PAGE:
# B Effect computation

The $$t$$, $$F$$, and $$r$$-values were all transformed into the effect size $$\eta^2$$, which is the explained variance for that test result and ranges between 0 and 1, for comparing observed to expected effect size distributions. For $$r$$-values, this only requires taking the square (i.e., $$r^2$$). $$F$$ and $$t$$-values were converted to effect sizes by $\begin{equation} \eta^2=\frac{\frac{F\times df_1}{df_2}}{\frac{F\times df_1}{df_2}+1} \tag{B.1} \end{equation}$ where $$F=t^2$$ and $$df_1=1$$ for $$t$$-values. Adjusted effect sizes, which correct for positive bias due to sample size, were computed as $\begin{equation} \eta^2_{adj}=\frac{\frac{F\times df_1}{df_2}-\frac{df_1}{df_2}}{\frac{F\times df_1}{df_2}+1} \tag{B.2} \end{equation}$ which shows that when $$F=1$$ the adjusted effect size is zero. For $$r$$-values the adjusted effect sizes were computed as (Ivarsson et al. 2013) $\begin{equation} \eta^2_{adj}=\eta^2-([1-\eta^2]\times\frac{v}{N-v-1}) \tag{B.3} \end{equation}$ where $$v$$ is the number of predictors. It was assumed that reported correlations concern simple bivariate correlations and concern only one predictor (i.e., $$v=1$$). This reduces the previous formula to $\begin{equation} \eta^2_{adj}=\eta^2-\frac{1-\eta^2}{df} \tag{B.4} \end{equation}$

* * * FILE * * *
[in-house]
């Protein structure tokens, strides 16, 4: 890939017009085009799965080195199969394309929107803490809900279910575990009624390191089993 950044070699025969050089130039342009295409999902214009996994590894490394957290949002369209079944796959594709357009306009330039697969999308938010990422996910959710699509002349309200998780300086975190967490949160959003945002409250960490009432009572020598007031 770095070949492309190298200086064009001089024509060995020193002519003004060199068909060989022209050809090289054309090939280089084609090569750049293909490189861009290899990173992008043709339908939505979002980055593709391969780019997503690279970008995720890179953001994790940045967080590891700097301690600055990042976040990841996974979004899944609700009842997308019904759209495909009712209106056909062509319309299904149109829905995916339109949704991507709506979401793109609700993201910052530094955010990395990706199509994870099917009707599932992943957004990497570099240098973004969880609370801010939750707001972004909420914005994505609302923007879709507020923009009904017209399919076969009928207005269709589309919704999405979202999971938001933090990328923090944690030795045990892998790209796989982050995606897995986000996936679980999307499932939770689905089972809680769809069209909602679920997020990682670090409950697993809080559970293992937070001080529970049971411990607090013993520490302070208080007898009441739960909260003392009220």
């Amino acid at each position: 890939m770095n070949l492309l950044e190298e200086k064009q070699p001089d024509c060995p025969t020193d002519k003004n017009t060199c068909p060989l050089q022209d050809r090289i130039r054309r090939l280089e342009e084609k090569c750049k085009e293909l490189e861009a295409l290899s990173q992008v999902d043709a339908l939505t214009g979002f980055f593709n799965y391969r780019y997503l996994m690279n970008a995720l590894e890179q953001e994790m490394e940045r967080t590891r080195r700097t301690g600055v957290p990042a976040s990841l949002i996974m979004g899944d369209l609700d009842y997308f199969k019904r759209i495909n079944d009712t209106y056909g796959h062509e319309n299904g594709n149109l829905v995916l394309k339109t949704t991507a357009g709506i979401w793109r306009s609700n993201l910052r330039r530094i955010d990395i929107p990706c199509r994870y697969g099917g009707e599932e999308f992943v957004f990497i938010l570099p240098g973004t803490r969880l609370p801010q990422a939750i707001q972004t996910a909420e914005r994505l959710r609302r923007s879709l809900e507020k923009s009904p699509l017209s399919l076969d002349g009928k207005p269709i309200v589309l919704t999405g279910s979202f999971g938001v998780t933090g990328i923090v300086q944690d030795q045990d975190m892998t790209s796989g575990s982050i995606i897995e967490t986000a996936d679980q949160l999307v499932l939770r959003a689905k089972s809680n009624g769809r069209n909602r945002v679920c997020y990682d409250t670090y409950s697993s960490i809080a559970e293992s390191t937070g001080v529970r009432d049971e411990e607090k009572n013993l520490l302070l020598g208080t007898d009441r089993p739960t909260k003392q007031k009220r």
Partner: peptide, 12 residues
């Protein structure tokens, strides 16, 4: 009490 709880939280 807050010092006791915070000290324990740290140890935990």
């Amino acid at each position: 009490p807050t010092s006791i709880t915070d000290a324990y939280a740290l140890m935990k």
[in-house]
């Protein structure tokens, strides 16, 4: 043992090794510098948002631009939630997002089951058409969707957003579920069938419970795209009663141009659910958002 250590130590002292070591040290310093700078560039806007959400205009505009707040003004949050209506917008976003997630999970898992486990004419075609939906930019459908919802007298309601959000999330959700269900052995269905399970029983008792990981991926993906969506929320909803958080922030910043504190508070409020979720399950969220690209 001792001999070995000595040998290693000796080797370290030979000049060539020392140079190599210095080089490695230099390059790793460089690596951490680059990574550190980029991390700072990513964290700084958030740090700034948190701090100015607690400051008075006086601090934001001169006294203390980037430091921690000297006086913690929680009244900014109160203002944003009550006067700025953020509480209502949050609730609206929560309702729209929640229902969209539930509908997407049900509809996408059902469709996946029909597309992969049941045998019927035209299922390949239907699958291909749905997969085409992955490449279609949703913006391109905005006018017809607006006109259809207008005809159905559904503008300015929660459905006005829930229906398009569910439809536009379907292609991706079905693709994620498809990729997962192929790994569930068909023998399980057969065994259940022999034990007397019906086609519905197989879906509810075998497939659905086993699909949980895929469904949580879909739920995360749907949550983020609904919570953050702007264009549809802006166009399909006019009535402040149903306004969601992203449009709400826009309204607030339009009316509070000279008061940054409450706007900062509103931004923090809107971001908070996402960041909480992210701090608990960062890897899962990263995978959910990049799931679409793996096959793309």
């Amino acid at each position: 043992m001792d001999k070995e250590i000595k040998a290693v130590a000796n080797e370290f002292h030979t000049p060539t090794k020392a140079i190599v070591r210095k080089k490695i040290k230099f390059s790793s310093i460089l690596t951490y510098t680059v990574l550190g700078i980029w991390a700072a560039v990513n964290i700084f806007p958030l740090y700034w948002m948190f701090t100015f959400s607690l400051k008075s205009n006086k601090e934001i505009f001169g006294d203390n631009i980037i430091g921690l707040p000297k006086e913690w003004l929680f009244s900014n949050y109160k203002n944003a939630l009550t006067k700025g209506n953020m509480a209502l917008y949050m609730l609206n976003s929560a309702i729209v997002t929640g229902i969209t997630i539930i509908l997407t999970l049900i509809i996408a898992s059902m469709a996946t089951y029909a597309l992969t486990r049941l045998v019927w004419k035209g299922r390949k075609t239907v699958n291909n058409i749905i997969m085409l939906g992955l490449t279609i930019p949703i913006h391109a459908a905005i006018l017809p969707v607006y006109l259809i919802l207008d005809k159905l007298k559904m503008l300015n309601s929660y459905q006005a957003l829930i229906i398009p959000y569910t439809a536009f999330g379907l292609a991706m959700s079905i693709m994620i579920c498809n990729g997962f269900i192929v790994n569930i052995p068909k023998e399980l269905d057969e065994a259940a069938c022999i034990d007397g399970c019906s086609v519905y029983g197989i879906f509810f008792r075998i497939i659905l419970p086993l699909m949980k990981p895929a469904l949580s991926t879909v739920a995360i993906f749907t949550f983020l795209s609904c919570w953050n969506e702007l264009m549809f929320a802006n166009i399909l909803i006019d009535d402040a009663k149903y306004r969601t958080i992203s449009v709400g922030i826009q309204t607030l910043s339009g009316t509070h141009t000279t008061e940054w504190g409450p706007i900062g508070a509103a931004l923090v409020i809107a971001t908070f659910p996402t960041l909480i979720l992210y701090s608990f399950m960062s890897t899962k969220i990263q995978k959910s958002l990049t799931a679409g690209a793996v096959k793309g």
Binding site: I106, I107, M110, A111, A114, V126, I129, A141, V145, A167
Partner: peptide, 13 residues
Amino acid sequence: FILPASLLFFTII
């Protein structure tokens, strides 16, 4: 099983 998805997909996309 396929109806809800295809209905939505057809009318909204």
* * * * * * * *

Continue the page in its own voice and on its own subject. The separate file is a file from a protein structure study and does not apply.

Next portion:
where $$df=N-2$$.

### References

Ivarsson, Andreas, Mark B. Andersen, Urban Johnson, and Magnus Lindwall. 2013. “To Adjust or Not Adjust: Nonparametric Effect Sizes, Confidence Intervals, and Real-World Meaning.” Psychology of Sport and Exercise 14 (1). Elsevier BV: 97–102. doi:10.1016/j.psychsport.2012.07.007.